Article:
For Part 1: Change in enzyme attention, if the enzyme awareness was decreased in an H202 decomposition reaction, then your rate of change will also lower. This hypothesis was made based on this part of the lab because if the composition wasn't real enzyme solution, it could affect the rate of change. This hypothesis was turned out according to Desk 1: Change in enzyme awareness; the 20% focus of potato juice (2 mL potato drink and 8 mL distilled normal water) had the lowest rate of change value. This structure was the one which had minimal amount of enzyme solution; this structure only got 2 mL of enzyme focus. This links with the hypothesis because the low the enzyme amount, the lower the pace of change. Also, at a low enzyme concentration, there's a great deal of active sites and the speed of the effect is low. As the enzyme attention boosts, there are more vigorous sites and thus, the response will precede faster (S-Cool). Therefore, the entire trend that was portrayed in this area of the lab was that as the focus of the enzyme increased, the pace of change also increased.
For Part 2: Change in temps, if the temps was higher or lower than 37 C, which is the optimal temperature in living organisms (Nelson Biology 12), then your rate of change would reduce. This hypothesis was correct except for one feature: the optimal temperatures in this part of the lab was 35C rather than the standard optimal heat range in microorganisms which is 37C. The rest of the hypothesis was appropriate because when the temperatures that was either higher or lower than 35C, the speed of change decreased. When the temps was higher than the optimal temps, this was due to the denaturing of the perfect solution is. When the heat was lower than the optimal temp, this was brought on because of the short amount of kinetic energy required for the reaction to take place faster (RSC).
Referring to Figure 2: Change in temps, when the heat was either higher or less than the optimal temperature, the pace of change would decrease. Quite simply, as the temperature rises, the substances that were responding would have more kinetic energy. Since the molecules have more energy, this might increase chances of collisions between your molecules and for that reason would increase the rate (RSC). This data correlates with the hypothesis since when the optimal temp was not come to, the pace of change was lowered. The overall development that was decided for this part of the experiment was that if the temp was higher or less than the optimal heat (35C), the pace of change would lower.
Regarding Part 3: Change in pH, if the pH (optimal pH is 7) was higher or lower than the optimal pH, the speed of change would reduce. This hypothesis was became right because when the pH was either 2, 4, 9 or 12, the rate of change would be less than the speed of change at the pH of 7. This hypothesis is linked to the hypothesis partly 2: Change in heat because they both have the same characteristics as it pertains to impacting enzyme activity. Referring to Stand 3: Change in ph, when the pH value was either higher or lower than 7, the speed of change would decrease. In the same way with the change in temperatures, changes in the pH value would make but also break intermolecular and intramolecular bonds. By changing the bonds, this might also change the form of the enzyme and change the enzymes efficiency (RSC). Thus, when the perfect pH is not being used, the pace of change will be lowered due to denaturing of the enzyme (Nelson Biology 12). The general trend that was within this part of the lab pertains to Factor 2: Change in heat, as they both talk about the same characteristics in the terms of the given data. The bigger or lower the pH value was from the perfect pH value, the rate of change would be reduced.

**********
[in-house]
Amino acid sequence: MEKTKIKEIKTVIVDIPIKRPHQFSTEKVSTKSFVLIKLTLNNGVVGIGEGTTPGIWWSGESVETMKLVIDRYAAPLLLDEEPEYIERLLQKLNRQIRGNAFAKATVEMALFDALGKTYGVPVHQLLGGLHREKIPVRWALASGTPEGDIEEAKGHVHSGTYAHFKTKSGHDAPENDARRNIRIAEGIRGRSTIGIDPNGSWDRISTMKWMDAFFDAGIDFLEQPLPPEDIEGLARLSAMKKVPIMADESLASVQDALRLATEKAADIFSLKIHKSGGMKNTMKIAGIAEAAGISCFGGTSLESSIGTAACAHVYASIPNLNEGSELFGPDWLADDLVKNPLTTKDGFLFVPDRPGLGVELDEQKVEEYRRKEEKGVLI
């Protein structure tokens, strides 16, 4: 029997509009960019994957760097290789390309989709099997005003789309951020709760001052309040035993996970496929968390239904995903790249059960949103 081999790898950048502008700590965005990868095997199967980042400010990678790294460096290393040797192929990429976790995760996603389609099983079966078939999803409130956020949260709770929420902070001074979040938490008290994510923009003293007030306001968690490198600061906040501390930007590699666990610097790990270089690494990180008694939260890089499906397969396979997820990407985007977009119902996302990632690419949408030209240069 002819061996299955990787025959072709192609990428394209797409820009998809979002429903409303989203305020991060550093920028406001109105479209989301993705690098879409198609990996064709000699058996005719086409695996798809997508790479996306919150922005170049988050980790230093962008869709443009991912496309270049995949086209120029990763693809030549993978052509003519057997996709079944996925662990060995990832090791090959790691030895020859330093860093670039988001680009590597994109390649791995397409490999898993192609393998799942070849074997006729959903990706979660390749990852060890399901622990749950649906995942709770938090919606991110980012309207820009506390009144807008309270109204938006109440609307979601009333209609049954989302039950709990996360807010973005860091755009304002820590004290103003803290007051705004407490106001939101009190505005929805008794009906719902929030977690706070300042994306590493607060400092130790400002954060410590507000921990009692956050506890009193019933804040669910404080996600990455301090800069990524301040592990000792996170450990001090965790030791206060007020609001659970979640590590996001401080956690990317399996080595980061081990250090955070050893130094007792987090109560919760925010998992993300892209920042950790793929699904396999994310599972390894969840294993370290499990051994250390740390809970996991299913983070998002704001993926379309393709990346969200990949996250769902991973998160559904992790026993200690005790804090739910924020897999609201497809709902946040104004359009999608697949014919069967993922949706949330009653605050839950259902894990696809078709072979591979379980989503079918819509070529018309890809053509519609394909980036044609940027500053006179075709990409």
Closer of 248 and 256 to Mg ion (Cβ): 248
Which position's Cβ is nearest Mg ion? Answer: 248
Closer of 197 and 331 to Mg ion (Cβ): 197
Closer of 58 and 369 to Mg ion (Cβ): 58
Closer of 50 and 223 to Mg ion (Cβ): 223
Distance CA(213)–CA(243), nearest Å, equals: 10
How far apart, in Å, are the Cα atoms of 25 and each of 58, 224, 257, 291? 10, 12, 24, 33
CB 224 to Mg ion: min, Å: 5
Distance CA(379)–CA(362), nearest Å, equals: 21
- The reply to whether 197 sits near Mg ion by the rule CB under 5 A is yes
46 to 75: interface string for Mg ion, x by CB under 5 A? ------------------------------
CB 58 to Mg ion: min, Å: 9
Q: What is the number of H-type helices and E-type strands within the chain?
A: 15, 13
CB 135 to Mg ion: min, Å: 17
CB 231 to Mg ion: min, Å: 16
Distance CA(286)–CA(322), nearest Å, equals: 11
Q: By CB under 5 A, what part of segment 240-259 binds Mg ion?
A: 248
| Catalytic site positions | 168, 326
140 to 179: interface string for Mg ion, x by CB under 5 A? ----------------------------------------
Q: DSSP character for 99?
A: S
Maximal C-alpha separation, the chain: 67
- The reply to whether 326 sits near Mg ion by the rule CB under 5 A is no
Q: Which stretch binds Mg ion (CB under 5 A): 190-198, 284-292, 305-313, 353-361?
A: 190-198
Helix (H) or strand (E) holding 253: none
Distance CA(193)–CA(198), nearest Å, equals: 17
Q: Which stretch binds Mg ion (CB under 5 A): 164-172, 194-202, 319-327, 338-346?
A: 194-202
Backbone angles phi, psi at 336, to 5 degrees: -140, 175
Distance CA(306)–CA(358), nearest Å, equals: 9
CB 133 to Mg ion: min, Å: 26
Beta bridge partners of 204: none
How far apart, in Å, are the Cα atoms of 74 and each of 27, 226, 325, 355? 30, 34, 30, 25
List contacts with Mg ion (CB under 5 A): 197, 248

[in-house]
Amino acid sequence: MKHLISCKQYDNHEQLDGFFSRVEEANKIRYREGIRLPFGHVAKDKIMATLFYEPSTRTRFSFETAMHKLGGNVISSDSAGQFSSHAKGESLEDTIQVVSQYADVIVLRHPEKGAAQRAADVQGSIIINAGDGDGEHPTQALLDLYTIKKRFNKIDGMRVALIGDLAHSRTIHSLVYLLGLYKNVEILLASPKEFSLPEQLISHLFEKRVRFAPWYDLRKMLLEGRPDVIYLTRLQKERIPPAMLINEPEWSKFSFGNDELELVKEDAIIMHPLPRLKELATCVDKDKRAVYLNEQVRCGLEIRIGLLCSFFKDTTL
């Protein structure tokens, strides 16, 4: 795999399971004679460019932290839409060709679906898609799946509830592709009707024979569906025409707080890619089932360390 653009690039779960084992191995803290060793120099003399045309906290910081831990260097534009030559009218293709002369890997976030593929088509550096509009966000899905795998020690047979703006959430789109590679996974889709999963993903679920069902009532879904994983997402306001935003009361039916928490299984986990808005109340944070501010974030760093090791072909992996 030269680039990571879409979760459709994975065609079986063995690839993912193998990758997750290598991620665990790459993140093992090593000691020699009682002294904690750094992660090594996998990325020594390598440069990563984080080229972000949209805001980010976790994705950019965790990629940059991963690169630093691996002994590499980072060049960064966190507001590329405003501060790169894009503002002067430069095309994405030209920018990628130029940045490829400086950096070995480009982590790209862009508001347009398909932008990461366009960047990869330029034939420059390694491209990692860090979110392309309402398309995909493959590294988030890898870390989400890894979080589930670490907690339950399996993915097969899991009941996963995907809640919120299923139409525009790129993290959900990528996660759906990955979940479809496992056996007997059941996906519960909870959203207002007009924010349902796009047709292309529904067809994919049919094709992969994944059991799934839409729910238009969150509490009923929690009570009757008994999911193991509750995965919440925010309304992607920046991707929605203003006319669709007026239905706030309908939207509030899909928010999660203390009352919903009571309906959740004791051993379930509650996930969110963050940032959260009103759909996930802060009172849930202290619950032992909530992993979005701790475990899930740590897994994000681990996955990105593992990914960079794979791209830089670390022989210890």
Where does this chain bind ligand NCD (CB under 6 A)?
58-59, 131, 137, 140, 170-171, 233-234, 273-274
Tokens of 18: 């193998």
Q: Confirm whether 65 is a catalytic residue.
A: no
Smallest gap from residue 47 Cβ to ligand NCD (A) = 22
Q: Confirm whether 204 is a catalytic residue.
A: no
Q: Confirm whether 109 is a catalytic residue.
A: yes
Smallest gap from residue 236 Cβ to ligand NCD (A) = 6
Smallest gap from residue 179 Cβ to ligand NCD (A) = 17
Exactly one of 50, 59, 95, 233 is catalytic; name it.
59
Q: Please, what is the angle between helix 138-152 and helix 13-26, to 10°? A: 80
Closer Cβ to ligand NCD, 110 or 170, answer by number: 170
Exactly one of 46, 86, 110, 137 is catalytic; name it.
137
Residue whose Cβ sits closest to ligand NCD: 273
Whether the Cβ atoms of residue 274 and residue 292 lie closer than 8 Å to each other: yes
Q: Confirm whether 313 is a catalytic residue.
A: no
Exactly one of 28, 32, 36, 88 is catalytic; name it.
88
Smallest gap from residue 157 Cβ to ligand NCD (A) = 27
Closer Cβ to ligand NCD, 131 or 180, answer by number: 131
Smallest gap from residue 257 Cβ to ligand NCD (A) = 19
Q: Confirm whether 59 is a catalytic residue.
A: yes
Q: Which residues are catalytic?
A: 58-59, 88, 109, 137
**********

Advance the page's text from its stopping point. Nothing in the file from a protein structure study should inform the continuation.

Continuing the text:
For Part 4: Change in substrate concentration, if the substrate concentration was increased in a decomposition response with catalase, the pace of change would also increase. This hypothesis was correct because when the highest awareness was used, 3%, the pace of change was also the best, 1. 27 cm/s. Since there is more substrate solution, H202, the rate of change was also the highest of the many other concentrations. Referring to Figure 4: Change in substrate focus, this figure is similar to Figure 1: Change in enzyme attention because as the awareness increased, so does the rate of change. The overall pattern that was found in this part of the lab was just like Factor 1: Change in enzyme attention from the provided data. Relating to the dynamic sites in terms of the rate of the response, when the substrate awareness is low, this means that there are less lively sites being occupied and this does mean that the pace of change is also low. When more substrate molecules are added, additional enzyme-substrate complexes are created. Therefore, as there's a bigger amount of effective sites, the pace of change rises (S-Cool). In other words, as the focus of the substrate solution is increased, the pace of change also increased.
For Part 5: Addition of your Inhibitor, if the amount of the inhibitor was increased, the rate of change would reduce. This hypothesis was also right because based on the data already known about inhibitors, it was clear that the more inhibitor that is placed into a remedy, the slower the perfect solution is would behave. The inhibitor in cases like this was the copper II sulfate and this hypothesis was appropriate because the more drops of copper II sulfate that was added to the enzyme solution, a lot more the pace of change lowered. Since an inhibitor is meant to block dynamic sites of enzymes, this characteristic would have an impact on the rate of change and make it lower. There are two types of inhibitors: competitive and noncompetitive inhibitors. Competitive inhibitors penetrate in to the enzyme's productive site and block the substrate form binding. Noncompetitive inhibitors join to another site on the enzymes which creates a change in the enzyme's condition. The change in form triggers lose of resemblance for the substrate (Nelson Biology 12). In other words, as more inhibitor is added, the availability of active sites reduced since the inhibitors stop normal substrates from binding and changes the form of the enzyme.